The CAC, funded by tourist tax revenues and interest from a multimillion-dollar investment account, is composed of eleven Beach residents appointed by the mayor and city commission. On July 11 they met to discuss the peer panels' recommendations. Grant committee chairwoman Pauline Winick unexpectedly suggested that eleven of the proposed grants be reduced by $1000 each. Not huge money, but not small potatoes either, especially since some of the arts groups get by on very modest budgets. The resulting $11,000, Winick said, should go to Drucker's Concert Association, whose annual budget of $4 million dwarfs most other grantees. The peer panel thought Drucker should receive $13,000; Winick thought otherwise -- $24,000 was more appropriate. Council colleagues present at the meeting agreed.
Angry administrators from some of the eleven affected organizations immediately began zapping the CAC with caustic e-mails and letters, a reaction perhaps less indicative of naturally melodramatic tendencies than of a beleaguered arts community where any mention of money is likely to provoke bared teeth. For example, Stewart Stewart, executive director of the Center for Folk and Community Art, sent an outraged e-mail to CAC members and local arts groups blasting the decision as being "far worse than deplorable."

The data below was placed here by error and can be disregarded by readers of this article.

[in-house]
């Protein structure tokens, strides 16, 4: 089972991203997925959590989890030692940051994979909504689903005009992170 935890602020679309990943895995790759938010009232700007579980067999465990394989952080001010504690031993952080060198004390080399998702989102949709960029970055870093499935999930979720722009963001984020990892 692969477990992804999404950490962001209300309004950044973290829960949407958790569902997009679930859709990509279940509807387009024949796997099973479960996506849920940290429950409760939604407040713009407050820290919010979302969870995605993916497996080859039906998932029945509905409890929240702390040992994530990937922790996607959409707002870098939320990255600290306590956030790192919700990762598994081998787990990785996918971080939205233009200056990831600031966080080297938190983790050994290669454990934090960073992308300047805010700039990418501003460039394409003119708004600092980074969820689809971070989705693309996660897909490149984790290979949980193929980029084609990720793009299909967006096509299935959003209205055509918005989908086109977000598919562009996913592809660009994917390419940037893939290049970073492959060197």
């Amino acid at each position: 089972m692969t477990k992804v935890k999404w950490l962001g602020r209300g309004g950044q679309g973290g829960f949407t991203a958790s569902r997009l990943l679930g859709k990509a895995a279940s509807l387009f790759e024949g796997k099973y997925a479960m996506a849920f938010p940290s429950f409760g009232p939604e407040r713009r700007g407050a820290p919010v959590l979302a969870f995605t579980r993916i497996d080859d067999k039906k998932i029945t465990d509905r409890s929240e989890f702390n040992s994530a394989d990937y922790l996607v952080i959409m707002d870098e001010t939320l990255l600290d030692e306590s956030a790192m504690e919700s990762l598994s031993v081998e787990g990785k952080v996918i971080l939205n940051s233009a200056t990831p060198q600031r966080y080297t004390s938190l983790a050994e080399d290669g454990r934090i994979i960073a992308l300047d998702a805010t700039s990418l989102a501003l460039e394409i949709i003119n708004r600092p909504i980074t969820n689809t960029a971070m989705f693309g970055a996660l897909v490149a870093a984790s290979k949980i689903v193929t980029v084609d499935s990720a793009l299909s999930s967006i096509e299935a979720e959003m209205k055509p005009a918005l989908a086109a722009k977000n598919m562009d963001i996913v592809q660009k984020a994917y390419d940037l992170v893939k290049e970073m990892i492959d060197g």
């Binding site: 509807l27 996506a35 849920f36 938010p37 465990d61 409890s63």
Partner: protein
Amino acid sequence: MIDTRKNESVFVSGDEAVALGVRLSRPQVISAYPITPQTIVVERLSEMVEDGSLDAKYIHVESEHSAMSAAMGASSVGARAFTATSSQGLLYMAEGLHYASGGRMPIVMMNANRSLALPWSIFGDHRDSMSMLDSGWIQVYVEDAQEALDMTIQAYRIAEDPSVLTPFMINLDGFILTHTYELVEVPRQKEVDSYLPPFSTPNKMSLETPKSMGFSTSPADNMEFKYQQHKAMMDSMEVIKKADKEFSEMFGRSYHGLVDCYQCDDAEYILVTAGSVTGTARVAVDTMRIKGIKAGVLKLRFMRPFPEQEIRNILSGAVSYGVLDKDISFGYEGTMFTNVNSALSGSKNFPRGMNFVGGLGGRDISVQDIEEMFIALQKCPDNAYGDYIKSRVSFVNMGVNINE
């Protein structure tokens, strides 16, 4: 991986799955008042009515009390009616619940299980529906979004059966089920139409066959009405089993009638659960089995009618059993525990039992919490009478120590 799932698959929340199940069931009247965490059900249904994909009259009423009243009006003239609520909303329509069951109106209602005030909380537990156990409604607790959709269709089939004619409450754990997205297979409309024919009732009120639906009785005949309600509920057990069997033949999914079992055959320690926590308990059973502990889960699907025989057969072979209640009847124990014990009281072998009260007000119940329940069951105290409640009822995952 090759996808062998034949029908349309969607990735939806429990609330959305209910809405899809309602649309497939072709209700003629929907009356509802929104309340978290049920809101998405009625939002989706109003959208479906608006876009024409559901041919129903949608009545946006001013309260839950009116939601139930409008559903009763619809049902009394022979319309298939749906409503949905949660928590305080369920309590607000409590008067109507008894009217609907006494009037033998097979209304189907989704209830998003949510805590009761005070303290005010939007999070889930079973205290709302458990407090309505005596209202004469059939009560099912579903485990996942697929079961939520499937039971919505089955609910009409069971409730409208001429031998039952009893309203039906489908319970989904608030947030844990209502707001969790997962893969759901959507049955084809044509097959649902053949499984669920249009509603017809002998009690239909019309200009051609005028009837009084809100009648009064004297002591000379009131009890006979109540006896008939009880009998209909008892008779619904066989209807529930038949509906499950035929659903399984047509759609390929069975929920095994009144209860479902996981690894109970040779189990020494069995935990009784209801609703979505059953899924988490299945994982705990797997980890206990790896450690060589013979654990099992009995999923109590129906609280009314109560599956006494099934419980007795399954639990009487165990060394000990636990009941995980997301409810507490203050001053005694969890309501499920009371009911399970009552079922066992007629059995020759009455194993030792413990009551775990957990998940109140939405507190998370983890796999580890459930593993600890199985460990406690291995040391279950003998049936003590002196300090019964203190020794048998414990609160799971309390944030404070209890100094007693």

The Composers Alliance was among those slated to lose $1000. "It's more than we got last year," Caraballo admits, but she's quick to add, her voice rising: "It still doesn't justify them slashing our money."
Rhythm Foundation director Laura Quinlan, also on Winick's hit list, this year saw her state money tumble from $12,000 to $3000. She says she was thrilled to learn the CAC peer panel had recommended a grant of $14,000, but even reduced by $1000 she's still grateful. She wishes, however, that the decision to alter the amounts had been handled differently. "We're happy because we got more money than last year," she says, "but grant-writing is really hard and the whole peer-panel review process was long and exacting -- reallocating that money circumscribed the whole process."